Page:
There are many options for rapid prototyping these days. There are the old stalwart standbys like Visio, InDesign, and even PowerPoint. I’ve been using Visio for years, but decided to step out of my box and see what else was out there for user interface design prototyping tools. Here’s a bit of what I’ve found.

Balsamiq Review

Balsamiq creates interfaces that look like they were sketched by hand. This is both a pro and a con depending on your point-of-view. On the plus side, no one will mistake your mockup as representing the finished product. On the downside, if you want a more hi-fidelity looking prototype, you can’t get it with Balsamiq.

Pros:

  • Drag and drop
  • Great widget library with 75 widgets
  • Import your own images or get images from an avid community of other Balsamiq users
  • Android, iPhone and iPad widgets are available
  • Export to PNG and PDF
  • clickable prototypes
  • Cheap at $97

Cons:

  • I feel limited by the rough, sketch like feel of the output, but I suppose you could make your own widgets and add them

Go Mockingbird Review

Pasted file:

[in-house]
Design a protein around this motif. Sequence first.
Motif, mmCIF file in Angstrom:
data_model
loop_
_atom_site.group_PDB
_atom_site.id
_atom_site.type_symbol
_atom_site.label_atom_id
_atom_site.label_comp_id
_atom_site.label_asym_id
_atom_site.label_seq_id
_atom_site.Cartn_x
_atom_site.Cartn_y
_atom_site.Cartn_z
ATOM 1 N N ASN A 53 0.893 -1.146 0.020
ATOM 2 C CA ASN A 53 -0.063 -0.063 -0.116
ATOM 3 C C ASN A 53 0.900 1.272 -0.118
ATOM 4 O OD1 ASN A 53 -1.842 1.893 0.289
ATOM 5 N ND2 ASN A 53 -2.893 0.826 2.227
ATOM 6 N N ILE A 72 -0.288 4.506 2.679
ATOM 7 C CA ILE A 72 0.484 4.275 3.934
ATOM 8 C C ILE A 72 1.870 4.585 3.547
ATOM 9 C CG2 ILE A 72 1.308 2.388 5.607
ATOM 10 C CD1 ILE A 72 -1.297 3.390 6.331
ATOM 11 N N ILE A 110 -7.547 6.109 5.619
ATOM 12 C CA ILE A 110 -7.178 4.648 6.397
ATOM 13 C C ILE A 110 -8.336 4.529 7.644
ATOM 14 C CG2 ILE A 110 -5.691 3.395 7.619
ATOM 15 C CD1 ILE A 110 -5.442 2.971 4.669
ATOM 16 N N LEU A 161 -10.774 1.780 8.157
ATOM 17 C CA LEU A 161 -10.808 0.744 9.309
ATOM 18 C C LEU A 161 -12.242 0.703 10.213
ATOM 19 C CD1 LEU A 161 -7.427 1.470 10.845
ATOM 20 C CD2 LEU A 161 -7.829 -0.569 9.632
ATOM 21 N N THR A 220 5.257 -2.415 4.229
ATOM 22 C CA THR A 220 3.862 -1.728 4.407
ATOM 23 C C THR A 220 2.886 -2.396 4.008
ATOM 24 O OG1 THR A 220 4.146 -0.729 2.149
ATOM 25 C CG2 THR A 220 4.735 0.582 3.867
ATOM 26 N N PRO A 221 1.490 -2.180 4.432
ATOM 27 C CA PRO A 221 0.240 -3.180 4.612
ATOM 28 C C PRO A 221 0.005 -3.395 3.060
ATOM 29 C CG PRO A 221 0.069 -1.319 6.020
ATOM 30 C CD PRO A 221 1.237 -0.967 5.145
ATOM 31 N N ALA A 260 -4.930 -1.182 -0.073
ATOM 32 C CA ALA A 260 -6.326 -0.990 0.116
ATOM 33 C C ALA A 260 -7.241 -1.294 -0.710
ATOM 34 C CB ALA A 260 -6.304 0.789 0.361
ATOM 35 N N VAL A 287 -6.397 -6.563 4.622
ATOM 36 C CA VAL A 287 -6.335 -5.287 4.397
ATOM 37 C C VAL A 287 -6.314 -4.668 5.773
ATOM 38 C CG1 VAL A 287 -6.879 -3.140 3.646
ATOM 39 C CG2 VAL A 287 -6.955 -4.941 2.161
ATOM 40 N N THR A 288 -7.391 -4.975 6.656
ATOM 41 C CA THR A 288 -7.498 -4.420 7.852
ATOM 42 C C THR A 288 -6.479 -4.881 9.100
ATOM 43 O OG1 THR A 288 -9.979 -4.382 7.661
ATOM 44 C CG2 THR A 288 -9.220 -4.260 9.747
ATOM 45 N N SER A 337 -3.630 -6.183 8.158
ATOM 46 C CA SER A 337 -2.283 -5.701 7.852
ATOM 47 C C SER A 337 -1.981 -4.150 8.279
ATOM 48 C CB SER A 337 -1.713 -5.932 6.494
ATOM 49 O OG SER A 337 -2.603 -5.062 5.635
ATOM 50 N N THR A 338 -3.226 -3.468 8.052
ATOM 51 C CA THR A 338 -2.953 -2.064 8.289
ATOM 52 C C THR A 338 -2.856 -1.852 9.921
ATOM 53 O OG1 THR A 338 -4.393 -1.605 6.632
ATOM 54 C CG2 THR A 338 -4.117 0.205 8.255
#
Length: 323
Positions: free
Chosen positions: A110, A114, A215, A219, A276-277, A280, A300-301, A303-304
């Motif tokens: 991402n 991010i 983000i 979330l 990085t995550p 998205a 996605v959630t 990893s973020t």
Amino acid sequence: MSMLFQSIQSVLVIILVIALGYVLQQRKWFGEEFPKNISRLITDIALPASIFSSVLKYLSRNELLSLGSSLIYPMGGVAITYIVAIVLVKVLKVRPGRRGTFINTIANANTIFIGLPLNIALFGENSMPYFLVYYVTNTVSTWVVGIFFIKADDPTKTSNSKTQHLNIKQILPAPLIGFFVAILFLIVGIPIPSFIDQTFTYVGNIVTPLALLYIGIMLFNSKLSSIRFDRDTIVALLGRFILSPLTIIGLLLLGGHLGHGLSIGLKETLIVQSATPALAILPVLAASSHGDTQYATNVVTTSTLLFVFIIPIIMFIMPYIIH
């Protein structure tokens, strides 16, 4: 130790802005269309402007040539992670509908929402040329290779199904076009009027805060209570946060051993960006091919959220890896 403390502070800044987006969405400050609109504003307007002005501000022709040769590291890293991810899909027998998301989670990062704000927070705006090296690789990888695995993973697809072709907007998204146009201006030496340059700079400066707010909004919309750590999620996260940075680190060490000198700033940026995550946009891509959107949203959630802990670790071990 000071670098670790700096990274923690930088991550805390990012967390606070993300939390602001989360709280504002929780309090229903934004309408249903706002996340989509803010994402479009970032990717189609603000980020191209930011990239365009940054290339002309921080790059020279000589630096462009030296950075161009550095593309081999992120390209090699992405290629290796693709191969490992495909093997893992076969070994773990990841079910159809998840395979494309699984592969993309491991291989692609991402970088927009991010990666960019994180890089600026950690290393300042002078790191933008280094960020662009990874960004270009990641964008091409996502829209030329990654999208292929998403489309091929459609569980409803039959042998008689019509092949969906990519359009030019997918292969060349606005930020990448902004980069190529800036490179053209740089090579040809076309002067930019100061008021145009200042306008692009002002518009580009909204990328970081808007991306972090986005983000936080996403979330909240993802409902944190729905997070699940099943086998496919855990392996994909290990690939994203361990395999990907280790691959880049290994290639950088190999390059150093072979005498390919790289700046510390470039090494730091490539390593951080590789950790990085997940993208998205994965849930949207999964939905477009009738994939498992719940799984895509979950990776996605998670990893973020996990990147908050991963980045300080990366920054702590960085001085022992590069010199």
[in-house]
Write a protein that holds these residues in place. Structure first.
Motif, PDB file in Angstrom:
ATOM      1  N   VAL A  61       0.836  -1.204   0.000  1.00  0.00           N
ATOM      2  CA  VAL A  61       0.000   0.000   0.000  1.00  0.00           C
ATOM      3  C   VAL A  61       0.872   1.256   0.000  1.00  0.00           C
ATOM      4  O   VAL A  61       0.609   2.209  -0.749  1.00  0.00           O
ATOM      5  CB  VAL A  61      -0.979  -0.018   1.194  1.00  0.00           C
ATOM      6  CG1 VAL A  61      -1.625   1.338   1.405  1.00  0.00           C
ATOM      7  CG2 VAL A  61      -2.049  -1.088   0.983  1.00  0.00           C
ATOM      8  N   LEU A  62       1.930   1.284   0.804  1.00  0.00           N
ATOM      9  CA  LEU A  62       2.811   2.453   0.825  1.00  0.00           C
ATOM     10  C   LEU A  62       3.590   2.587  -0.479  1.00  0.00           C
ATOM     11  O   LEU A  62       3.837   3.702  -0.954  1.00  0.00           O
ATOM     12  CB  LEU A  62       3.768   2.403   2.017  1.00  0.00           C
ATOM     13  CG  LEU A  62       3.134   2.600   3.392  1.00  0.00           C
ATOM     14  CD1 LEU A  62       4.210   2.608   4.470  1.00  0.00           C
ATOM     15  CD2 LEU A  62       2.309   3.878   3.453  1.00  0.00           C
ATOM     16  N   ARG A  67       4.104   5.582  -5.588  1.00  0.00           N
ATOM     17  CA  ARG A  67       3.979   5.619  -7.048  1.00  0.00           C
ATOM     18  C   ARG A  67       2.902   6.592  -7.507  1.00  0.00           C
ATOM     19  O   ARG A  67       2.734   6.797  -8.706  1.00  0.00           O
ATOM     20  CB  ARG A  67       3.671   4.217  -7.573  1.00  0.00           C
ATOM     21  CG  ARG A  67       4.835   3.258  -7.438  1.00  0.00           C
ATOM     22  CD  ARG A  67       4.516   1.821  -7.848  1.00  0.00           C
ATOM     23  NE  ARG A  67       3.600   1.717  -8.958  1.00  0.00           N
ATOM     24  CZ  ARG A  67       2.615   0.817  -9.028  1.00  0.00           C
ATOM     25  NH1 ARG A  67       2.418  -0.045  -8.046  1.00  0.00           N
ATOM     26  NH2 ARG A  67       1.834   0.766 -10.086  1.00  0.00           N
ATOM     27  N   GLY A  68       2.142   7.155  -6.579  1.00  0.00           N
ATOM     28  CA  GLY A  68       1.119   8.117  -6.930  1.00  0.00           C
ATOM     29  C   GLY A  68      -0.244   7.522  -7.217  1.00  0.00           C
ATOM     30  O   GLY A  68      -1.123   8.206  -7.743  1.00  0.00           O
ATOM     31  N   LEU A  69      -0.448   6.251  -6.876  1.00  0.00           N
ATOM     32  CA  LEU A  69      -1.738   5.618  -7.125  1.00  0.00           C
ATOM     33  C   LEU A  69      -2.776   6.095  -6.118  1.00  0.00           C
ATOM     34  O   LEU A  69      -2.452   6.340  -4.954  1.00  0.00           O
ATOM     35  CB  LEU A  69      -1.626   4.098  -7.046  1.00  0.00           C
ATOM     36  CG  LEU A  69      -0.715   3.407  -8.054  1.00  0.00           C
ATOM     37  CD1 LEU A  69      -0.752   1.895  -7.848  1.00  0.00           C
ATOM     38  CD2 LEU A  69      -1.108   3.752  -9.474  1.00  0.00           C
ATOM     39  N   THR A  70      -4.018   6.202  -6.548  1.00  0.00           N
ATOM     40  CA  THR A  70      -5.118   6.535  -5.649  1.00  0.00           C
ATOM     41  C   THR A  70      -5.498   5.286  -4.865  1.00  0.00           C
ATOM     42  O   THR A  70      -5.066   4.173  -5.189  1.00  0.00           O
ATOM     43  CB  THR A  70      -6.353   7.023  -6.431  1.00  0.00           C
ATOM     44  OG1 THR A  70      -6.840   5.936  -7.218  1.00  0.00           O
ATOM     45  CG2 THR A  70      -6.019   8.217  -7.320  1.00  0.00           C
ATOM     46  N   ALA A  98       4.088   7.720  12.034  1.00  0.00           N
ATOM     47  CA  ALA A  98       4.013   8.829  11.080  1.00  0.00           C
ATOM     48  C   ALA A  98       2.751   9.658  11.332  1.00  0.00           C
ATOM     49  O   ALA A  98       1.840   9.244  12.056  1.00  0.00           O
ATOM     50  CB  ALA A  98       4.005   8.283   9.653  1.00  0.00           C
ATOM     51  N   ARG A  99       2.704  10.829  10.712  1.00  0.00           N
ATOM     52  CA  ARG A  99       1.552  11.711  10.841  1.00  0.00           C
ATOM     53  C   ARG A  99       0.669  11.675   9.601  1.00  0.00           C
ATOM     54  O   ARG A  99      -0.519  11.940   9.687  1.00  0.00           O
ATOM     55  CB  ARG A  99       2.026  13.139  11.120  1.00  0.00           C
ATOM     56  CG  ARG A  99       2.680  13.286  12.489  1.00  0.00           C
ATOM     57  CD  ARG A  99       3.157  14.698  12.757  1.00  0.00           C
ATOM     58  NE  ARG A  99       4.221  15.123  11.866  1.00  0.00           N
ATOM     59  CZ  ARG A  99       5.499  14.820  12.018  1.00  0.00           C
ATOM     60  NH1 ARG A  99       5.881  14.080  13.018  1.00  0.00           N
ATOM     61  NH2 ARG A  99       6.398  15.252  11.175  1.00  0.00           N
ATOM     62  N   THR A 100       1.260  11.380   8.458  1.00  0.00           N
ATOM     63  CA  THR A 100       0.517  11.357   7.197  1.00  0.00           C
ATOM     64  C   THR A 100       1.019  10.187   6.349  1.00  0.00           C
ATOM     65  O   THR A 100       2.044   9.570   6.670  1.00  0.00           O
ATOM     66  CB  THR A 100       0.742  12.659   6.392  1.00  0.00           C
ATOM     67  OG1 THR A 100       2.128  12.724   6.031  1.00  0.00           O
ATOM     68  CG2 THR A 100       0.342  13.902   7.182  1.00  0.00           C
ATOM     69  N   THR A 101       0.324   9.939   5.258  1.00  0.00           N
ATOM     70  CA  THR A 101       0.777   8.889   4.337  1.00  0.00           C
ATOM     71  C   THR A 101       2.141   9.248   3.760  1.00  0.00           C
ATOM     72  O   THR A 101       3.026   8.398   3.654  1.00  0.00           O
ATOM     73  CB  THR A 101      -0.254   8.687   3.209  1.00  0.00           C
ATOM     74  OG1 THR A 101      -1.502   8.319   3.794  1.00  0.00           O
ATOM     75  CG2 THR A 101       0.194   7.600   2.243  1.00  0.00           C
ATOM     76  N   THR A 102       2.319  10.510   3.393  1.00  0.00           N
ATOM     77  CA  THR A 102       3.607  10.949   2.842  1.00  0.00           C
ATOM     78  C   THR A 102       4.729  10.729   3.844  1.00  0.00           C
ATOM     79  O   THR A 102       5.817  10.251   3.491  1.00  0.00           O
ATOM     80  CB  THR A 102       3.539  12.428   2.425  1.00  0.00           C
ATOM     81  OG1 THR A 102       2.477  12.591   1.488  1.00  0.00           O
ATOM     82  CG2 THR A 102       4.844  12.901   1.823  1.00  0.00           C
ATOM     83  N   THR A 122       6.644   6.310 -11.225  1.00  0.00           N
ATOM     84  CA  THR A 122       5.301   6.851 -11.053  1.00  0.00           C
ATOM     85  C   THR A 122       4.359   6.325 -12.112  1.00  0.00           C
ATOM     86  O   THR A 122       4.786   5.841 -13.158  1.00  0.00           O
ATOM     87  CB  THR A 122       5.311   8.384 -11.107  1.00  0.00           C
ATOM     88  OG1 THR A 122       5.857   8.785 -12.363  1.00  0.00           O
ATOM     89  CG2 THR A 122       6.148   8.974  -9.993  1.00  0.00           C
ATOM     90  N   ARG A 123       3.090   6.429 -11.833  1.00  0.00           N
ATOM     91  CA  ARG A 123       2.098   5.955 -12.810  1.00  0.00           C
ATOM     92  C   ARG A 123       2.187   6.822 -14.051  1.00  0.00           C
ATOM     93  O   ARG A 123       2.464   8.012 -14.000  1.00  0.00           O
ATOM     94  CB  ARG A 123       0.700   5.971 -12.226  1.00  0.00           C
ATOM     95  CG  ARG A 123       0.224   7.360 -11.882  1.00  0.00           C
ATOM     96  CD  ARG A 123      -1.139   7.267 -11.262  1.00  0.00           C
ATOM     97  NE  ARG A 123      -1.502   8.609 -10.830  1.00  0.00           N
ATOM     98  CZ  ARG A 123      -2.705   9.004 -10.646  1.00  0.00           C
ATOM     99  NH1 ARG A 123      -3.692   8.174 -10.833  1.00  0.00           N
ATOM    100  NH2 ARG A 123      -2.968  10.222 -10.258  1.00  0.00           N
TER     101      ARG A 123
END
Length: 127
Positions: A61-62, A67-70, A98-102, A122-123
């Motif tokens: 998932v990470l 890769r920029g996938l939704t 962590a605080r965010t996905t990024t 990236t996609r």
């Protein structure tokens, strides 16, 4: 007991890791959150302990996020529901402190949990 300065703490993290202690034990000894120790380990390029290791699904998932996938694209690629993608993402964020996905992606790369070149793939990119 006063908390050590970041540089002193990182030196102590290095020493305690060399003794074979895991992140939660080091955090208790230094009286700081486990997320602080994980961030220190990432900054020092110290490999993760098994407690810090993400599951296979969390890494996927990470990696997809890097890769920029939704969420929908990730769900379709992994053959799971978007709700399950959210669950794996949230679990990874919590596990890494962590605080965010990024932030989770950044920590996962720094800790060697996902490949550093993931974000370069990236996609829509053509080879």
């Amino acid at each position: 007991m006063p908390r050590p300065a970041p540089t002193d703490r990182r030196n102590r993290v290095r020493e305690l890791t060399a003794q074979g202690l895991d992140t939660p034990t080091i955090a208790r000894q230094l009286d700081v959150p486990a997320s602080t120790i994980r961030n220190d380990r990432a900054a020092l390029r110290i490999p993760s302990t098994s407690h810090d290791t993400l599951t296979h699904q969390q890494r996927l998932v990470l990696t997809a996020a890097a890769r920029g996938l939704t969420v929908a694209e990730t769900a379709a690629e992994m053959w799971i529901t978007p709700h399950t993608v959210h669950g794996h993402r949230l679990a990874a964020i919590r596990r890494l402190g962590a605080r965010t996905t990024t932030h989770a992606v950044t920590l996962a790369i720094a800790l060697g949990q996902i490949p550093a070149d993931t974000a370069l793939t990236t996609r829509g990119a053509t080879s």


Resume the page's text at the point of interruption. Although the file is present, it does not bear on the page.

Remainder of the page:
Go Mockingbird seems to be a great tool for prototyping web based applications and web sites. There are no widgets specific to mobile or iOS. But it’s cheap, fast, relatively robust, and since it’s a web-based tool, it’s easy to collaborate in real time over the Internet.

Pros:

  • Drag and drop
  • Lots of predesigned widgets
  • smart text resizing
  • Exports to PDF and PNG
  • Creates clickable mockups
  • Cheap!┬áPrice goes up based on the number of projects, but entry price is only $9/mo.

Cons:

  • You can’t import your own widgets
  • No real support for mobile

Axure Review

Axure is a powerful user interface design prototyping tool and is probably the Cadillac of UI prototyping tools

Pros:

  • Drag and drop
  • Ability to make global changes
  • Creates sophisticated prototypes that are more capable than what most tools can output with options for onMouseOver in addition to onClick
  • Integrated user interface specifications and prototypes

Cons:

  • more complicated than the other tools listed here
  • Pricey at $580 for a single license
  • No Internet collaboration

If I was working with people face-to-face and could budget it, I’d pick Axure for its robust feature set. But for working with remote clients, some of these other options may be better.

 

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